Our government will be one that is able to look forward rather than back. Our focus is set squarely on addressing the many challenges facing ordinary Canadians as they struggle to make ends meet, help their children get a good start in life and build a strong, prosperous and united country that is the envy of the world: challenges like replacing the culture of corruption and entitlement with a culture of accountability and achievement; challenges like cutting taxes so Canadians can have a bit more of their income left over to pay for the necessities of life; challenges like making our communities safe so people do not fall victim to violent crime on their way to school, to work or to shop; and challenges like helping families cope with the many demands facing them such as balancing the pressures of raising children with the necessity of earning income.
Other formidable challenges await us. We must restore the reputation of federalism in Quebec and rebuild Canada's influence in the world.
These are just some of the challenges facing us and we are ready to tackle them.
We have a plan and we have priorities. And Canadians are with us.
During the recent election, we laid out our priorities and a plan for change. Canadians have made it clear they support change and they want us to act.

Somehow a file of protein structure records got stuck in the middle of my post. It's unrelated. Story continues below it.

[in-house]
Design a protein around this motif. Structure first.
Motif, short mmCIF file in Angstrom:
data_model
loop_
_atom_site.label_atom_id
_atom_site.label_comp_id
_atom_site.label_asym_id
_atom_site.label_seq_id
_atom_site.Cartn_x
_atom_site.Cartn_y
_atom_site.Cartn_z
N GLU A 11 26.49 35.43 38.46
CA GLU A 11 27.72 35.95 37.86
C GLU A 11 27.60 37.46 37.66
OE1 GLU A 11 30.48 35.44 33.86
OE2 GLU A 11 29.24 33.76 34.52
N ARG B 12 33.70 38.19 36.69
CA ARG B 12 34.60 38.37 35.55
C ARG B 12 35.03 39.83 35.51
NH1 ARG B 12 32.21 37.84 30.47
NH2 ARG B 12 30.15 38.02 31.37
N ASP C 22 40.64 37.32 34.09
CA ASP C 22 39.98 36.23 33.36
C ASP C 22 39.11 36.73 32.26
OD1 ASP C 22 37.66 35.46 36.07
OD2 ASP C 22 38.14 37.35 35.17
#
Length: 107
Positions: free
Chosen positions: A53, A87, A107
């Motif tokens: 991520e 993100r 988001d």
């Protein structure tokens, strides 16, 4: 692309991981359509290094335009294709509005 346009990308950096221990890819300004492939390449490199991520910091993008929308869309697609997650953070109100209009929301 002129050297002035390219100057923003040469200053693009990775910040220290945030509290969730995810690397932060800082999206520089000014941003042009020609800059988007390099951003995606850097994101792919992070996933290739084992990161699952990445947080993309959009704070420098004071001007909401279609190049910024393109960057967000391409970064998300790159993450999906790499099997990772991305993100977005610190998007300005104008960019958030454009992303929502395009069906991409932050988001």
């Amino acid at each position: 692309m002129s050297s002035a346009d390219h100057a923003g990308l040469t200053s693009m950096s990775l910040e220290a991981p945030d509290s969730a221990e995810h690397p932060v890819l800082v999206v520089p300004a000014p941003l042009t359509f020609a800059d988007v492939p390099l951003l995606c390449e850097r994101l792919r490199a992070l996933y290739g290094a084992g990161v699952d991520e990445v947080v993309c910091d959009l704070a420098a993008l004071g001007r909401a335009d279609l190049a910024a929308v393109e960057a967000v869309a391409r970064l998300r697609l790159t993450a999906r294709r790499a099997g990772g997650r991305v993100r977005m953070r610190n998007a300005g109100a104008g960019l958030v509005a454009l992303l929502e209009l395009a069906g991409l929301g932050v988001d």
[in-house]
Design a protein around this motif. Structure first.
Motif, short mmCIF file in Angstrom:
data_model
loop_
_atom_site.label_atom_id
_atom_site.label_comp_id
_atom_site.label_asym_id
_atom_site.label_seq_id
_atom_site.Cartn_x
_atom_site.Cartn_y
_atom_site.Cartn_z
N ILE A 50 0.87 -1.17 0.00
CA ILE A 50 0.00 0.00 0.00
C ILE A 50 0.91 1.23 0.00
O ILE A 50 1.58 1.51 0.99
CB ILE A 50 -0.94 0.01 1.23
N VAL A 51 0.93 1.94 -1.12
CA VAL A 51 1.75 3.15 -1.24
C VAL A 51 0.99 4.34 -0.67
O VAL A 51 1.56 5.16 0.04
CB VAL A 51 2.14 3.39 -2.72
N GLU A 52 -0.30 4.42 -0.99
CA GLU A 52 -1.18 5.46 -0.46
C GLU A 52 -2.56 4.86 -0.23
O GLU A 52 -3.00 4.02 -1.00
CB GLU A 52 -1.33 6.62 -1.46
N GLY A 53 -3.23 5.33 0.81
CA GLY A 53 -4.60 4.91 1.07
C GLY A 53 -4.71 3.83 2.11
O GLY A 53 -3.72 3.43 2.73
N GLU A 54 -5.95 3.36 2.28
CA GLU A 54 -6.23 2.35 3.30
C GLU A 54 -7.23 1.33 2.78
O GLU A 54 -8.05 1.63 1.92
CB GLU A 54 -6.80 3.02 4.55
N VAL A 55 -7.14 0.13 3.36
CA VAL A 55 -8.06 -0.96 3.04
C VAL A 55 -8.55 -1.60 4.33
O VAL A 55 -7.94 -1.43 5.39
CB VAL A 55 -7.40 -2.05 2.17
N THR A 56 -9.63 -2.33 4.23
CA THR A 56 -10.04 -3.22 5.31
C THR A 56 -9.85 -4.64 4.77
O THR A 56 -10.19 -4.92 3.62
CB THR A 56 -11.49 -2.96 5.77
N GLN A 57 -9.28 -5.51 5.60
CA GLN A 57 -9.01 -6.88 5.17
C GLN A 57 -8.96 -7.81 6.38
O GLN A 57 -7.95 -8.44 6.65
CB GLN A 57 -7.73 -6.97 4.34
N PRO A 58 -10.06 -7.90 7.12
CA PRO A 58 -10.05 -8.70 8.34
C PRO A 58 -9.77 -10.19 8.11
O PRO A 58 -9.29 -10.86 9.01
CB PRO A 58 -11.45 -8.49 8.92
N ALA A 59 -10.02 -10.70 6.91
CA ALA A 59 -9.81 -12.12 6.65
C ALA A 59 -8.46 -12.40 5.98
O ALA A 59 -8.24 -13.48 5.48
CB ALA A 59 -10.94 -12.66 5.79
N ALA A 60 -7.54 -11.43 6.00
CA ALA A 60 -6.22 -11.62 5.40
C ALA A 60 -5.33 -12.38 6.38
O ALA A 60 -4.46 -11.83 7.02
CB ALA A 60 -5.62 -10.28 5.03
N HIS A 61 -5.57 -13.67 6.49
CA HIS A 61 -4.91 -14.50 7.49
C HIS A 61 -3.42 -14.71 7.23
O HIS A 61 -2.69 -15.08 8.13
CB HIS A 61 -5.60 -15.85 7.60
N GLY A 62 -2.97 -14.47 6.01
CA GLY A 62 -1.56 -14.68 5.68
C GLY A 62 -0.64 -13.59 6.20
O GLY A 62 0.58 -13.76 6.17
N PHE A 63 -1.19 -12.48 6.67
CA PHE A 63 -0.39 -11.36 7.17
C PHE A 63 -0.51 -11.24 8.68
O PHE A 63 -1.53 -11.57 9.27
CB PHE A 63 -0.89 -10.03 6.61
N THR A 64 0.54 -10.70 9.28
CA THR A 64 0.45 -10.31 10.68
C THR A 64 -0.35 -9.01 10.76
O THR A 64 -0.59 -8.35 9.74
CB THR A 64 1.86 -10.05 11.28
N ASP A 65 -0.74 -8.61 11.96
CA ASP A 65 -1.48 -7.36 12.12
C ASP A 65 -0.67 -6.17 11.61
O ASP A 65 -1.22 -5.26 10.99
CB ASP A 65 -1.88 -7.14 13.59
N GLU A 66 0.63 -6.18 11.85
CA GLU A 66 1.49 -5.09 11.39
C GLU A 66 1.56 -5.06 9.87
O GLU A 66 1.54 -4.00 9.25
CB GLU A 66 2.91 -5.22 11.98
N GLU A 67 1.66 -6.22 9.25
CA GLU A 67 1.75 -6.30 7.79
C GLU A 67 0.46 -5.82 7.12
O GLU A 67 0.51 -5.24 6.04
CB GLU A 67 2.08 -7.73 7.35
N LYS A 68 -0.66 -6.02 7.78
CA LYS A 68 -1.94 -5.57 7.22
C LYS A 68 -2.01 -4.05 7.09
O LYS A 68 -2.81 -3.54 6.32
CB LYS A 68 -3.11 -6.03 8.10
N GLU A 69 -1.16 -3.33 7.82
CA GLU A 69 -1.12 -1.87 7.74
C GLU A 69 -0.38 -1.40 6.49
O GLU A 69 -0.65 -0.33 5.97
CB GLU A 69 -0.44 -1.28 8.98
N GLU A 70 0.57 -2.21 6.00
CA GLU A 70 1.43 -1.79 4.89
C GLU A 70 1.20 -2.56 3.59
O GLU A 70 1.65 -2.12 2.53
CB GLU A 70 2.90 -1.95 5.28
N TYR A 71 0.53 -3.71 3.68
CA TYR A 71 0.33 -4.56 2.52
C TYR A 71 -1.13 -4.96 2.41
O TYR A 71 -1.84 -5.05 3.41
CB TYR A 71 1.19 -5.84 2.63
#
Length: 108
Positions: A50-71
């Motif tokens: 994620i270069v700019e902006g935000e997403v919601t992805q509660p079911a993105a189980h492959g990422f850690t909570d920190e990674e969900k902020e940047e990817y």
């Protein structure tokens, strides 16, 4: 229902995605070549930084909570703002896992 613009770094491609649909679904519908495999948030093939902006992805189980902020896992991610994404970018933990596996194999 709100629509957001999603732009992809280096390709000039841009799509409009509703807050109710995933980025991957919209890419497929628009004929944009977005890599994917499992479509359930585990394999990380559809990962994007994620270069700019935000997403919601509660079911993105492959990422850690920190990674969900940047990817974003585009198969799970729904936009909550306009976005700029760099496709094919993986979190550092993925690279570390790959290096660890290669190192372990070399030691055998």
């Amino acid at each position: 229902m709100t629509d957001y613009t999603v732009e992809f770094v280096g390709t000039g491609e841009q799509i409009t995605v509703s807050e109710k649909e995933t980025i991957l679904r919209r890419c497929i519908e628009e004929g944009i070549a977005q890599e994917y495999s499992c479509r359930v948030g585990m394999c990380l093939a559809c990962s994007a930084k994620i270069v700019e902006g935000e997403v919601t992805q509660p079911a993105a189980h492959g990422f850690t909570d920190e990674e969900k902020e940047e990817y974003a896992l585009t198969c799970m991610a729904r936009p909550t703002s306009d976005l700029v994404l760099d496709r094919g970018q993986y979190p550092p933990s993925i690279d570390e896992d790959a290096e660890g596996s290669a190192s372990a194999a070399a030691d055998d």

Canadians are tired of directionless government, endless meetings and a political culture of entitlement. They want Ottawa to turn over a new leaf and focus on the needs of honest, ordinary Canadians, rather than allowing friends of the regime to feather their nest.
We have heard Canadians. We intend to deliver by turning over not just one new leaf but five of them, so we can build a Canada that works for all Canadians not just a favoured few.
Where do we start?
The first leaf we intend to turn over would involve ending the 13 years of waste, mismanagement, dithering and corruption that characterized the previous government.
To address this we will clean up the federal government, and make it more accountable and above board through the introduction of a new omnibus federal accountability act. This act would give more powers to the various independent officers of Parliament, including the Auditor General. They would be able to do a better job of holding the government accountable and ensuring that the $30 billion-plus in federal grants, contributions and contracts are awarded fairly and provide value for taxpayers money.
The Federal Accountability Act will also give real protection to public servants and other Canadians who want to come forward and report illegal or unethical behaviour they observe in the operations of the federal government.
And it will open up the workings of government to greater scrutiny by Canadians through improvements to access to information laws. We will also make sure that all appointments to public office are fair and based on merit and qualifications. To that end, we will create a public appointments commission.